• Rare disease–gene–protein–target–drug: in order to obtain the potential drugs, we obtained the genes, proteins and targets associated with these rare diseases.
  • Rare disease–gene–protein–protein interaction–target–drug: from all of the rare diseases, we extracted the genes, proteins and the powerful protein–protein interactions data. After having obtained this information, we collected the associated target from which the corresponding drug.
Figure 4. Summary of the four computational methodologies applied to obtain drug repositioning in rare diseases.
Figure 4. Summary of the four computational methodologies applied to obtain drug repositioning in rare diseases.
Healthcare 10 01784 g004

2.2.2. Validation in Scientific Literature and Clinical Trials

The drugs obtained through the explained computational methods for the rare diseases under study needed to be corroborated. For this aim, an exhaustive search was carried out from a literature and clinical trials standpoint. We checked information present in platforms such as PubMed ( (accessed on 11 June 2021)), scientific journals, and the clinical trials website ( (accessed on 11 June 2021)).
The process of verifying the repositioning of candidate drugs was carried out following steps:
  • The names of the drugs and diseases were searched on Pubmed, Google, and
  • We checked the presence of results that related to both concepts.
  • If positive results were obtained, all were selected. If the number was very high, the first 10 were selected.
  • The chosen information was read.
  • A conclusion was drawn for each relationship: whether the drug treats the studied disease or, on the contrary, causes it.
We found cases with a large amount of information linking the disease being studied to the potential treatment. If this occurred, the first searches that appeared in the information source were selected. There were also cases in which the information was very scarce, and the references obtained were all those found. However, there are also many drugs for which no information was found relating the treatments to the rare diseases studied.
The set of potential drugs that were computationally obtained and that have been verified with the scientific literature or clinical trials will be referred to throughout the paper as “checked-drugs”, to facilitate their reference in the text.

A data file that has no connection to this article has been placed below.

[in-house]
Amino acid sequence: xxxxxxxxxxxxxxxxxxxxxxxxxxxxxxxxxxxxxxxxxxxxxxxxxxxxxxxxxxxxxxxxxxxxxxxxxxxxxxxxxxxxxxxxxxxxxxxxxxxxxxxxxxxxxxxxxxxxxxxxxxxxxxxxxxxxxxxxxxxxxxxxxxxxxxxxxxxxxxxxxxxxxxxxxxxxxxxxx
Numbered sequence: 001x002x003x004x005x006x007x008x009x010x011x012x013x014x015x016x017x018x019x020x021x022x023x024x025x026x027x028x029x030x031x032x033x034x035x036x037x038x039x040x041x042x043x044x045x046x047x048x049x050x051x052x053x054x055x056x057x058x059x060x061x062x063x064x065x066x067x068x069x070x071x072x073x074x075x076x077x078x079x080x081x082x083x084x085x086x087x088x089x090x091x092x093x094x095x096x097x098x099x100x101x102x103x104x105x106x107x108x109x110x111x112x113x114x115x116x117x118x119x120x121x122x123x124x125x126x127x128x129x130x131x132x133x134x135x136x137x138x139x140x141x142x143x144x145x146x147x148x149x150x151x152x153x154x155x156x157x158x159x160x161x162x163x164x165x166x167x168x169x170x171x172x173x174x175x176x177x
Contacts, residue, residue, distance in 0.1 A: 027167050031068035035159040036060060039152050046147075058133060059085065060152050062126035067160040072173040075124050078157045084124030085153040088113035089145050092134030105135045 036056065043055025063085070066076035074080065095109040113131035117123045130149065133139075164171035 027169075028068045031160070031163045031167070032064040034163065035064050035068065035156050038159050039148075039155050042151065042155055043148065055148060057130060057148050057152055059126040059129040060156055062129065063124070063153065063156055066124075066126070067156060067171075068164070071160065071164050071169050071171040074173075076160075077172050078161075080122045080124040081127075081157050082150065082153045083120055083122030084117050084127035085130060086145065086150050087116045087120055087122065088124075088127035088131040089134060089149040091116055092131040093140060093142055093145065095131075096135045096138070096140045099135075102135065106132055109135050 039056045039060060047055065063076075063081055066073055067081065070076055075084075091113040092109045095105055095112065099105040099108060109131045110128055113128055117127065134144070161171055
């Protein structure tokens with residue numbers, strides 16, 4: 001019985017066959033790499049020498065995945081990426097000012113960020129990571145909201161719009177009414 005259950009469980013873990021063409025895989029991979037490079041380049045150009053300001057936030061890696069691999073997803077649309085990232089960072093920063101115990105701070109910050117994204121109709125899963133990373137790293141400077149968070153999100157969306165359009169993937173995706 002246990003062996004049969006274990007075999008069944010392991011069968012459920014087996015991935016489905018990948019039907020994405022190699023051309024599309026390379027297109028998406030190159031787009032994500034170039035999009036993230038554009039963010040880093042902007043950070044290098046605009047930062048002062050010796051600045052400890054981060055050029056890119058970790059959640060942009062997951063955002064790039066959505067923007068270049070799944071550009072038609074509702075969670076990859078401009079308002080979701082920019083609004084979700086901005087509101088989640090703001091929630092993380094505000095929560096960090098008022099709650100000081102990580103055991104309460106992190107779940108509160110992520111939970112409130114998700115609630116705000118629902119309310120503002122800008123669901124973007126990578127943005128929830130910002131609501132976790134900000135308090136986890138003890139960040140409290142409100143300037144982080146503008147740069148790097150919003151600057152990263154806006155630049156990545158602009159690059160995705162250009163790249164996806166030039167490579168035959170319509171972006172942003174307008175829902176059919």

2.2.3. Drug Classification

Once the checked-drugs set was identified, we extracted their classification to analyse the nature of the drugs in search of patterns. That is, to see if any categories are more susceptible to repositioning than others.
To classify the drugs, the categories established by ATC were considered. Based on this classification of drugs, the different groups are formed considering the organ or system that will be affected by the drug, as well as its pharmacological, therapeutic, and chemical properties. Depending on these characteristics, five levels are obtained:
  • ATC 1st level: Anatomical or pharmacological groups.
  • ATC 2nd level: Pharmacological or therapeutic subgroup.
  • ATC 3rd and 4th levels: Chemical, pharmacological, or therapeutic subgroup.
  • ATC 5th level: Chemical substance.
The level to be borne in mind in this work for the classification of potential candidates is going to be ATC 1st level.

2.2.4. Phenotypical Similarity

For drug repositioning, the fact that two diseases share many symptoms can be a good starting point to find a new target for an existing drug. For this reason, part of this study focuses on testing the phenotypic similarity (PS) of rare diseases for which drug repositioning has been found both computationally and bibliographically, with the non-rare diseases that were the original indication for those drugs. The only condition was that both diseases (non-rare and rare) shared the gene that encoded the target of the corresponding drug.